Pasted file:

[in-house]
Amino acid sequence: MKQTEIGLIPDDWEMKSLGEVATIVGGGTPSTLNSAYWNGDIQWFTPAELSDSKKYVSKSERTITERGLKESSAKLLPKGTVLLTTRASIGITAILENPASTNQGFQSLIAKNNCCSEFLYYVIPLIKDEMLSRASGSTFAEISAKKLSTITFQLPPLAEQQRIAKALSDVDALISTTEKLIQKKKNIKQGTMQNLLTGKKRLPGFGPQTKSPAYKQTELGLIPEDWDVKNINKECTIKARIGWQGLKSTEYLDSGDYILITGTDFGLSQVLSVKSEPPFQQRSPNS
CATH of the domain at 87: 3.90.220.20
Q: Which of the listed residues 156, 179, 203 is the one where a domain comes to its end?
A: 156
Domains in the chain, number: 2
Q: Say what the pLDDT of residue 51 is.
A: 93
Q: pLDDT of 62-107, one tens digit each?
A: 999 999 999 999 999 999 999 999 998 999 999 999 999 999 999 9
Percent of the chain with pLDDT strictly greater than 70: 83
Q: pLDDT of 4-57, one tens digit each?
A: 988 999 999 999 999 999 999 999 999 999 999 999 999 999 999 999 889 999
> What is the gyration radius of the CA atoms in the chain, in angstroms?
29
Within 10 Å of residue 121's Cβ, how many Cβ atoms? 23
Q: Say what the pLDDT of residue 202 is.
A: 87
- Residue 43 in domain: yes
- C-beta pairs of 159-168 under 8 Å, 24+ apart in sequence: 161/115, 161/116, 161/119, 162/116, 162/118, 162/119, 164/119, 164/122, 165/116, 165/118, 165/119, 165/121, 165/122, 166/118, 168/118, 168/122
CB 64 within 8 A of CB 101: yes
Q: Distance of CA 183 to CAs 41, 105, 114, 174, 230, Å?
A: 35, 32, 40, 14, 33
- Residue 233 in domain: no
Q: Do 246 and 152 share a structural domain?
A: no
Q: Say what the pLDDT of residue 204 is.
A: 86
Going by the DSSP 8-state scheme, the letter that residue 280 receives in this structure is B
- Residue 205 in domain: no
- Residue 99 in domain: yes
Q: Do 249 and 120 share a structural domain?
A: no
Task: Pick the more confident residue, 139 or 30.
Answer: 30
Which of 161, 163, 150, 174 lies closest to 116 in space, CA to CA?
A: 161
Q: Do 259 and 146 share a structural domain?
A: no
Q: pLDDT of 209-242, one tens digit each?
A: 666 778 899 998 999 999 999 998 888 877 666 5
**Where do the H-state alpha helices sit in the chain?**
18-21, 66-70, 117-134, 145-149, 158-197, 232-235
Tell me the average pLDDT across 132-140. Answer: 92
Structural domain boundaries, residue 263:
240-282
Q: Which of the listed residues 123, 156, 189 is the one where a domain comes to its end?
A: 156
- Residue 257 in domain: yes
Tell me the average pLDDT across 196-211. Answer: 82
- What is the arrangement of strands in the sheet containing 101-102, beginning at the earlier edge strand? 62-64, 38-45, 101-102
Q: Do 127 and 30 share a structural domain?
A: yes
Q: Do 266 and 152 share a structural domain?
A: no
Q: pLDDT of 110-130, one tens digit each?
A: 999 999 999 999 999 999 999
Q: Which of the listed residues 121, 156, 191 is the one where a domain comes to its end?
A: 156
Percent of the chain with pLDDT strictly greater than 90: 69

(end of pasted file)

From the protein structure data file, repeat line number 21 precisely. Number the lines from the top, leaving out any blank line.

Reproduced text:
CB 64 within 8 A of CB 101: yes